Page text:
The Rollins Machine Turns You On (to Some Amazing Long Jams): Henry Rollins on the Velvet Undeground, Fela Kuti and Sleep's "Dopesmoker"!

Our new columnist, Mr. Henry Rollins!
Our new columnist, Mr. Henry Rollins!
Maura Lanahan

[The one and only Henry Rollins will be contributing a weekly column and far-reaching reportage to the music section of the LA Weekly. Look for your weekly Henry Rollins fix right here on West Coast Sound every Friday and make sure to tune in to Henry's KCRW radio show every Saturday evening, or online, or as a podcast, or however else you decided to listen to the most eclectic DJ on LA's airwaves.

This installment includes Henry's report from his European trip, his thoughts on the so-called "Ground-Zero mosque" controversy and the awesomely annontated playlist for his KCRW BROADCAST #78 for tomorrow, Saturday 8-28-10. For more details please visit and]

Took a few days but I have finally shook off the jet lag that had been dragging me down. I am writing to you from Edinburgh, Scotland. I am here for the Edinburgh Festival. I have been here for a few days now, three shows into my seven show run that will end this coming Sunday.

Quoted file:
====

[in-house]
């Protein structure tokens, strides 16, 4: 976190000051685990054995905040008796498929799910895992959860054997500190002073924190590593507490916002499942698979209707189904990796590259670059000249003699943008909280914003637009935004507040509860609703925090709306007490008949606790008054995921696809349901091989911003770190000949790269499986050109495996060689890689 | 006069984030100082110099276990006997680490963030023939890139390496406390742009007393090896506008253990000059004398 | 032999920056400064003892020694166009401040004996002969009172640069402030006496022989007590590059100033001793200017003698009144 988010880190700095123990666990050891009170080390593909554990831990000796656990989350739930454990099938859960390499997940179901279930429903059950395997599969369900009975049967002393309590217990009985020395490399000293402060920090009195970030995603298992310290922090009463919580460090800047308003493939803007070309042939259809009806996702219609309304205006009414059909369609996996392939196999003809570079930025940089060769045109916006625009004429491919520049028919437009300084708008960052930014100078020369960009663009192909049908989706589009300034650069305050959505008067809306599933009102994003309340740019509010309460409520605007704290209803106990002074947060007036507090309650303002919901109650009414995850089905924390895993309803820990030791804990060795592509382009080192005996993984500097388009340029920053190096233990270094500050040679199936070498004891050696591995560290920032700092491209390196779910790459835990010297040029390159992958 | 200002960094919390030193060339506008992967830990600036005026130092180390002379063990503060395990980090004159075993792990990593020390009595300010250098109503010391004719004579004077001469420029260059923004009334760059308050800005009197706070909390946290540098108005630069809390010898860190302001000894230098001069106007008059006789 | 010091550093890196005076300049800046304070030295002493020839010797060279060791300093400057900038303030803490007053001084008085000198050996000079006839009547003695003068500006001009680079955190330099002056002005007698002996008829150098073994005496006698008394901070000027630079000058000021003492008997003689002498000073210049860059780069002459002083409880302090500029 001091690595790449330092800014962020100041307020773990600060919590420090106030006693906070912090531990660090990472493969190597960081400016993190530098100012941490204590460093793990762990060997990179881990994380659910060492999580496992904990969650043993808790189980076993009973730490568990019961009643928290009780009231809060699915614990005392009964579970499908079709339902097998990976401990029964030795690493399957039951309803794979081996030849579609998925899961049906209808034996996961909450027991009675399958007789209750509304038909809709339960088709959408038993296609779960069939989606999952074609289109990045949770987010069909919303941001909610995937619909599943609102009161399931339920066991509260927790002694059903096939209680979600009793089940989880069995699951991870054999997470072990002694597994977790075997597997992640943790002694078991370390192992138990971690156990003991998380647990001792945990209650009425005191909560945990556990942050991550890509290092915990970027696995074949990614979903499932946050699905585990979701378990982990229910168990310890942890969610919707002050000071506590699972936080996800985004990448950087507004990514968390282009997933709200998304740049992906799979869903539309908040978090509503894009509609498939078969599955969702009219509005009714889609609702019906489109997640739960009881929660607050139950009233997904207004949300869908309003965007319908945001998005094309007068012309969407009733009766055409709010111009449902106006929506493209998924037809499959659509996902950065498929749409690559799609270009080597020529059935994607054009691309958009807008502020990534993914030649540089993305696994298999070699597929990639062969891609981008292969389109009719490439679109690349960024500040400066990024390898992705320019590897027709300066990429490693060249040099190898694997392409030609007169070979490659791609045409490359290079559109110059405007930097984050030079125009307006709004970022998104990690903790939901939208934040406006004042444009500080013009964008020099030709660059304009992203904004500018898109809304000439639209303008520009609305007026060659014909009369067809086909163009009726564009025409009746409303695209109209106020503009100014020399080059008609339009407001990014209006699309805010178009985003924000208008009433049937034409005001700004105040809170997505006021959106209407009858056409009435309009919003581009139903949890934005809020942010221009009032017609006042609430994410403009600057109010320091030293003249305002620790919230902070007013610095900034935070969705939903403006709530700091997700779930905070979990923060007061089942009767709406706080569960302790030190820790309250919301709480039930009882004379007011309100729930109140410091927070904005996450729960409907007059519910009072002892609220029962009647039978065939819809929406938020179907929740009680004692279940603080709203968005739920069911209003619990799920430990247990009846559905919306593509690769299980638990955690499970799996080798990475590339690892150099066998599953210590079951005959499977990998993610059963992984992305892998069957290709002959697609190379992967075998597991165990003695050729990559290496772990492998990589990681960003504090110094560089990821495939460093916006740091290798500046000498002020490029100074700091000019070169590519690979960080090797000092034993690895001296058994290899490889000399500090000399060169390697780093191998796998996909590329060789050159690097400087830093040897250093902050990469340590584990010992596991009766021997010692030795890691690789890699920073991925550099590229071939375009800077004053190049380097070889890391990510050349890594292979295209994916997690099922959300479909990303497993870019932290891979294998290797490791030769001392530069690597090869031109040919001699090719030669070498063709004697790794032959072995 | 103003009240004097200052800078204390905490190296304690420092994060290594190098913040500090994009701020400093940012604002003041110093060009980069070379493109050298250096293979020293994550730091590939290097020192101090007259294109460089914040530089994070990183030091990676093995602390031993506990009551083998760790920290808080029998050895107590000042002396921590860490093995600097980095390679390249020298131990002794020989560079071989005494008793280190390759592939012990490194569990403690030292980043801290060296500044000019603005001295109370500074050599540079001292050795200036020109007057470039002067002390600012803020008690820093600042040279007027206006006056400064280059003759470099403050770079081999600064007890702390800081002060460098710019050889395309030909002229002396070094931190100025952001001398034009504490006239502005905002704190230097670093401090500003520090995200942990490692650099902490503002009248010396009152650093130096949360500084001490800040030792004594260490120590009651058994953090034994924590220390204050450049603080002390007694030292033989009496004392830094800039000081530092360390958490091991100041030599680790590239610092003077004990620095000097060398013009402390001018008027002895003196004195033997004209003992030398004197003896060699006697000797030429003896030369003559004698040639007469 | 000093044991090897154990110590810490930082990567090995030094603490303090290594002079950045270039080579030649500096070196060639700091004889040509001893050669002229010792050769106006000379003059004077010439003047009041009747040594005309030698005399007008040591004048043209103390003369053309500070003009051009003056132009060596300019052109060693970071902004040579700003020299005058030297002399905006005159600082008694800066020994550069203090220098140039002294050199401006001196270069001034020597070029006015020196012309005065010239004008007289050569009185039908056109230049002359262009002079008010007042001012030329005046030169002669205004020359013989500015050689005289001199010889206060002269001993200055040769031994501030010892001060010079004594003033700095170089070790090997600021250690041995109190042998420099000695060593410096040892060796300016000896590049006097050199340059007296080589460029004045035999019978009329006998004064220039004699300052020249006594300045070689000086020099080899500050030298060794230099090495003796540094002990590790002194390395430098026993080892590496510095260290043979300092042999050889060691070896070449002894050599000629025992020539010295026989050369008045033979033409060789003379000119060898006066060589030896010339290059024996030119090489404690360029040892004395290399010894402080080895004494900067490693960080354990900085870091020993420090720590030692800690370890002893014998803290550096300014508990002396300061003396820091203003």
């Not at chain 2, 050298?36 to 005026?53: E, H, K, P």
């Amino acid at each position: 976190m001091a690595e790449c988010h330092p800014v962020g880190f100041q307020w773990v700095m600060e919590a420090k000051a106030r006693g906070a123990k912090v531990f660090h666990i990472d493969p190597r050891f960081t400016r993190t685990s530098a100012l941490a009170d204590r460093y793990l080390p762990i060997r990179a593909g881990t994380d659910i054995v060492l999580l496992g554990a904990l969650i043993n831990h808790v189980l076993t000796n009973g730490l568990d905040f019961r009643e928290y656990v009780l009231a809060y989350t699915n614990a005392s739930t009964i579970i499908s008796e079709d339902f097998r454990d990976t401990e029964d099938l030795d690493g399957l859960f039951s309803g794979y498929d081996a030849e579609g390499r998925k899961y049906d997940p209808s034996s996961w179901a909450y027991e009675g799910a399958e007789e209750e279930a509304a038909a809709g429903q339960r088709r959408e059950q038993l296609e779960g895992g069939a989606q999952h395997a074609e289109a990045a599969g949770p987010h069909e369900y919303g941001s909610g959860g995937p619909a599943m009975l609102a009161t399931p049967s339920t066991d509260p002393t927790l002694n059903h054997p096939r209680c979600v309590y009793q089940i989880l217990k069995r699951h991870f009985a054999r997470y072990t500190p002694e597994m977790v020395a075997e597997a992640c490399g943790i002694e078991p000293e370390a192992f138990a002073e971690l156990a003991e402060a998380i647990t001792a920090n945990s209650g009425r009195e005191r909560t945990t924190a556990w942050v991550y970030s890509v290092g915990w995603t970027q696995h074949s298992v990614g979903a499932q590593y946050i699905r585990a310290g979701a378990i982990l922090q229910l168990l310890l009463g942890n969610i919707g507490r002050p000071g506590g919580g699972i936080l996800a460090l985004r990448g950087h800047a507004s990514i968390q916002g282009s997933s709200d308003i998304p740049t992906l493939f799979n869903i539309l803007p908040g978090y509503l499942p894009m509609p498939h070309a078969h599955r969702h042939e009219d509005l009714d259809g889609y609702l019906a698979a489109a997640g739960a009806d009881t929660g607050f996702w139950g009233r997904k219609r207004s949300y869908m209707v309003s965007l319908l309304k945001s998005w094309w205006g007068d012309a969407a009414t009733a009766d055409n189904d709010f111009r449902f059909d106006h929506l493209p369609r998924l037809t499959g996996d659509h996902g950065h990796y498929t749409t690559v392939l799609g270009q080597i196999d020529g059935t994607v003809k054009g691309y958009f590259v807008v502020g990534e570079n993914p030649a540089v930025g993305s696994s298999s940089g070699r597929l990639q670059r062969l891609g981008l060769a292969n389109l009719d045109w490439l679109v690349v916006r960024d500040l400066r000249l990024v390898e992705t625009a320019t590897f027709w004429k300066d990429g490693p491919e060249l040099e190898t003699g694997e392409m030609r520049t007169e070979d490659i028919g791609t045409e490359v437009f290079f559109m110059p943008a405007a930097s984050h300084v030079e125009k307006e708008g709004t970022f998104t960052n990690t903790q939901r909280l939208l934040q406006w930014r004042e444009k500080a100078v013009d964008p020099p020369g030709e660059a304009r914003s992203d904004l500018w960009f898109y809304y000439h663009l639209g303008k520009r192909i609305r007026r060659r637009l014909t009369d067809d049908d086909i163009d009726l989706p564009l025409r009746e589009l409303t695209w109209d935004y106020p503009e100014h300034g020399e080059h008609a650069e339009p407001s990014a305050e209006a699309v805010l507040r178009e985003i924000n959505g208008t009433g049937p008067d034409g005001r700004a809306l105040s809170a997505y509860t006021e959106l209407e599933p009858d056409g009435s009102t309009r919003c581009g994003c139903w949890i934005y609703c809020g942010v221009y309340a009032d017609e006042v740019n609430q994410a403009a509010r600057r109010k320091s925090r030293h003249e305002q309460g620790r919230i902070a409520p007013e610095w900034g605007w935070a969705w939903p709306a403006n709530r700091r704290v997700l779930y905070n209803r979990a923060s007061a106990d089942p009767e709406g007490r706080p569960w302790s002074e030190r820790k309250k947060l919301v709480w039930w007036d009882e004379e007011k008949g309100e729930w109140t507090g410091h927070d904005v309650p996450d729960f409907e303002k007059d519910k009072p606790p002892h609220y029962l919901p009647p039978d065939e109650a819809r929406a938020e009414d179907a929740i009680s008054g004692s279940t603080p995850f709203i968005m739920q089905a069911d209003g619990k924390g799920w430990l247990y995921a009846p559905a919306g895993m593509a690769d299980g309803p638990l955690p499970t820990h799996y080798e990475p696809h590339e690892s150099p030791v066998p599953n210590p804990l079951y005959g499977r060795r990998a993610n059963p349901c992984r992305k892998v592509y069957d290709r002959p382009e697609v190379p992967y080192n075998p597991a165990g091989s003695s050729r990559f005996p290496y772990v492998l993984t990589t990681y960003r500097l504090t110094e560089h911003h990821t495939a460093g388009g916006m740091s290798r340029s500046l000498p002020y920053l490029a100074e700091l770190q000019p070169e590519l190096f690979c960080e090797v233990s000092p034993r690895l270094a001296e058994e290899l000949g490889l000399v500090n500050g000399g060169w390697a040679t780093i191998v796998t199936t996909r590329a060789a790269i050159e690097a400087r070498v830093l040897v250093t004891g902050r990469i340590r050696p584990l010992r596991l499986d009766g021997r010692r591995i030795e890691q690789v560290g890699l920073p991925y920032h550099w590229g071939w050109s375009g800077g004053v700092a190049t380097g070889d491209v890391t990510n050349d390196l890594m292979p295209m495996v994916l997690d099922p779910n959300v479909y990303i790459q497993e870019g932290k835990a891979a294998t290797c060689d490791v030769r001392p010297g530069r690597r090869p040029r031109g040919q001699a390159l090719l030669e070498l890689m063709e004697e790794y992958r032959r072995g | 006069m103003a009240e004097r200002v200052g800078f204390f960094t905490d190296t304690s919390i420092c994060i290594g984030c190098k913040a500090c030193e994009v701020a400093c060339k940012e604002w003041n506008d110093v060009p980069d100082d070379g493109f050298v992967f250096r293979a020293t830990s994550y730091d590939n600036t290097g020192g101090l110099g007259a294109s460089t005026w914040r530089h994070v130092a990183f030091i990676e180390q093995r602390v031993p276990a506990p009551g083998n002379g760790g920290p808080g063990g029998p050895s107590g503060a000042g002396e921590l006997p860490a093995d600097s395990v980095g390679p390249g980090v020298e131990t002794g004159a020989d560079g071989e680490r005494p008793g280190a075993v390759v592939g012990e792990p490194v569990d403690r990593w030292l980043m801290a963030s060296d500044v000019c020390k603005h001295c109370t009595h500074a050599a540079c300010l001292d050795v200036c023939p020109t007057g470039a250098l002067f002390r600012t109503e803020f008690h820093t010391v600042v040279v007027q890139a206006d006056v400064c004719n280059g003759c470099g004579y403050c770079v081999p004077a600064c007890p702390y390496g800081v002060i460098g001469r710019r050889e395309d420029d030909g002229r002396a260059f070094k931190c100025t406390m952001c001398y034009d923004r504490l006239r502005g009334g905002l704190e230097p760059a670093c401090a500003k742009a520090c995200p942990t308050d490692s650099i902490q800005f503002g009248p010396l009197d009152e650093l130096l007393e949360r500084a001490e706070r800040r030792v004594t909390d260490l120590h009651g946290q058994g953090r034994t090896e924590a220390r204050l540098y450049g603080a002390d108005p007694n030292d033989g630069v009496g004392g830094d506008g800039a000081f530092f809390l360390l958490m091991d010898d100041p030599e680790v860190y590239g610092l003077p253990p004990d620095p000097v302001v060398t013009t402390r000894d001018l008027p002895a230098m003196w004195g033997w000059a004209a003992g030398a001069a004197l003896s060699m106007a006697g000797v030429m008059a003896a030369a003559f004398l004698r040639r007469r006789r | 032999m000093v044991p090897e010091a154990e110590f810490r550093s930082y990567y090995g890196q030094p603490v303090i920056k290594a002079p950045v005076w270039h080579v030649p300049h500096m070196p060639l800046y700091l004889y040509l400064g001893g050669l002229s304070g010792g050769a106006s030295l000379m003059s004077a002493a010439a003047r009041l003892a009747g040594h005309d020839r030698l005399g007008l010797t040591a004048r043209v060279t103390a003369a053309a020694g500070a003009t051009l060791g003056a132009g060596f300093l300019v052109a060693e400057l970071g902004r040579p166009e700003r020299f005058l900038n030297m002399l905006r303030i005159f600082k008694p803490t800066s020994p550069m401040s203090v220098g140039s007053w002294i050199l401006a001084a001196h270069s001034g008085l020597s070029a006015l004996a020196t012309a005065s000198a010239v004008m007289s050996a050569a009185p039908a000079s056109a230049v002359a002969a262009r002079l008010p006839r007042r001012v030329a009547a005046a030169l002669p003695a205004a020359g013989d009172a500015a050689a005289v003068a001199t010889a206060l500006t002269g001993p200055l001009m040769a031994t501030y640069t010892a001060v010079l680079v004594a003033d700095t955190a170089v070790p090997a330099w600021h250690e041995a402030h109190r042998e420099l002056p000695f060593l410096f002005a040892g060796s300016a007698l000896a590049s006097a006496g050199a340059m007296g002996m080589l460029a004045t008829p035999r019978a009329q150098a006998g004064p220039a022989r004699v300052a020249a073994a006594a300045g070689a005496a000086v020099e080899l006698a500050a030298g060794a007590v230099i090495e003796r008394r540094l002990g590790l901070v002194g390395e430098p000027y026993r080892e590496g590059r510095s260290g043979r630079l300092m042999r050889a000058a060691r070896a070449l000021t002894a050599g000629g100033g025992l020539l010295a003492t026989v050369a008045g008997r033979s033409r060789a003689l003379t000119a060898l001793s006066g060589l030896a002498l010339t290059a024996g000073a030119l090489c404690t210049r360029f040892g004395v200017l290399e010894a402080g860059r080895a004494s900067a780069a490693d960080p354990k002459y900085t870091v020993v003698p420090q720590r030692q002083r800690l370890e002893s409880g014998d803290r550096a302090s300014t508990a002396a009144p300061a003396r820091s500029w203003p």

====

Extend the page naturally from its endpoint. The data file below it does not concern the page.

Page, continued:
I arrived in Europe days ago in Belgium for the Pukkelpop Festival. I think it was my sixth performance at that one. Always a great time.

I flew to Scotland into two days off, which I spent trying my best to wrest myself from the surreal grip of jet lag, a state I find myself in quite often. Five trips to the gym in five days later, I think I am finally here.

I have been having a good time here. This is my third time at this festival. I have a fantastic audience in Edinburgh and look forward to the show every night. It's not easy only having a seventy-five minute set. I want much more time up there but I am getting better at consolidating my ideas up there as the nights go on. It still feels cramped!

My good times here have been greatly stepped on by what I have been reading about happening in America. The ugliness over the "Ground Zero Mosque" is truly depressing and distracting. The stabbing of New York City taxi driver Ahmed H. Sharif by Michael Enright is sickening.

I am sure many of you have read about this and you don't need me to tell you what news to check out but if you get a chance, please read up on this. Just my opinion but I think this uproar about a Muslim Community Center being built in Manhattan is about something much bigger and far more threatening. There are some people in America who want some kind of epic confrontation with Islam. Hats off to Mayor Bloomberg for stepping up in the way he has to ease this ridiculous tension in his city. Damn. I want things to be better than this. I don't want this to be my America. Ugh.